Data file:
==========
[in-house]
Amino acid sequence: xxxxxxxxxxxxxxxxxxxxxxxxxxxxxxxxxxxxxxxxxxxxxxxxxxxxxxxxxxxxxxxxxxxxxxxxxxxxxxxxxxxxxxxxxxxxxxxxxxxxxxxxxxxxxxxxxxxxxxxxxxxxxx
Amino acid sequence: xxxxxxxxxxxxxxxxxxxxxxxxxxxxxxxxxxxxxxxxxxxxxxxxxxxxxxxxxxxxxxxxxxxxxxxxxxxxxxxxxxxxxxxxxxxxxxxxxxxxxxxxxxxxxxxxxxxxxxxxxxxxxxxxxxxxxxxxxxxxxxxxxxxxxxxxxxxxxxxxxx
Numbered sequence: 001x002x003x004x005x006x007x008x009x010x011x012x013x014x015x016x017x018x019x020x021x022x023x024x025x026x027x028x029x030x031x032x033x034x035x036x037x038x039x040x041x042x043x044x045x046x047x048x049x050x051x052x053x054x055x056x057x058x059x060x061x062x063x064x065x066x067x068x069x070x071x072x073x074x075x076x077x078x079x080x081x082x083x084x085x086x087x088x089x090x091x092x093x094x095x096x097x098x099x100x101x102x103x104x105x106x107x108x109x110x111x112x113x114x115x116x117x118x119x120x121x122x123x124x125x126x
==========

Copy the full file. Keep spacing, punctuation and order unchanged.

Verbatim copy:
[in-house]
Amino acid sequence: xxxxxxxxxxxxxxxxxxxxxxxxxxxxxxxxxxxxxxxxxxxxxxxxxxxxxxxxxxxxxxxxxxxxxxxxxxxxxxxxxxxxxxxxxxxxxxxxxxxxxxxxxxxxxxxxxxxxxxxxxxxxxx
Amino acid sequence: xxxxxxxxxxxxxxxxxxxxxxxxxxxxxxxxxxxxxxxxxxxxxxxxxxxxxxxxxxxxxxxxxxxxxxxxxxxxxxxxxxxxxxxxxxxxxxxxxxxxxxxxxxxxxxxxxxxxxxxxxxxxxxxxxxxxxxxxxxxxxxxxxxxxxxxxxxxxxxxxxx
Numbered sequence: 001x002x003x004x005x006x007x008x009x010x011x012x013x014x015x016x017x018x019x020x021x022x023x024x025x026x027x028x029x030x031x032x033x034x035x036x037x038x039x040x041x042x043x044x045x046x047x048x049x050x051x052x053x054x055x056x057x058x059x060x061x062x063x064x065x066x067x068x069x070x071x072x073x074x075x076x077x078x079x080x081x082x083x084x085x086x087x088x089x090x091x092x093x094x095x096x097x098x099x100x101x102x103x104x105x106x107x108x109x110x111x112x113x114x115x116x117x118x119x120x121x122x123x124x125x126x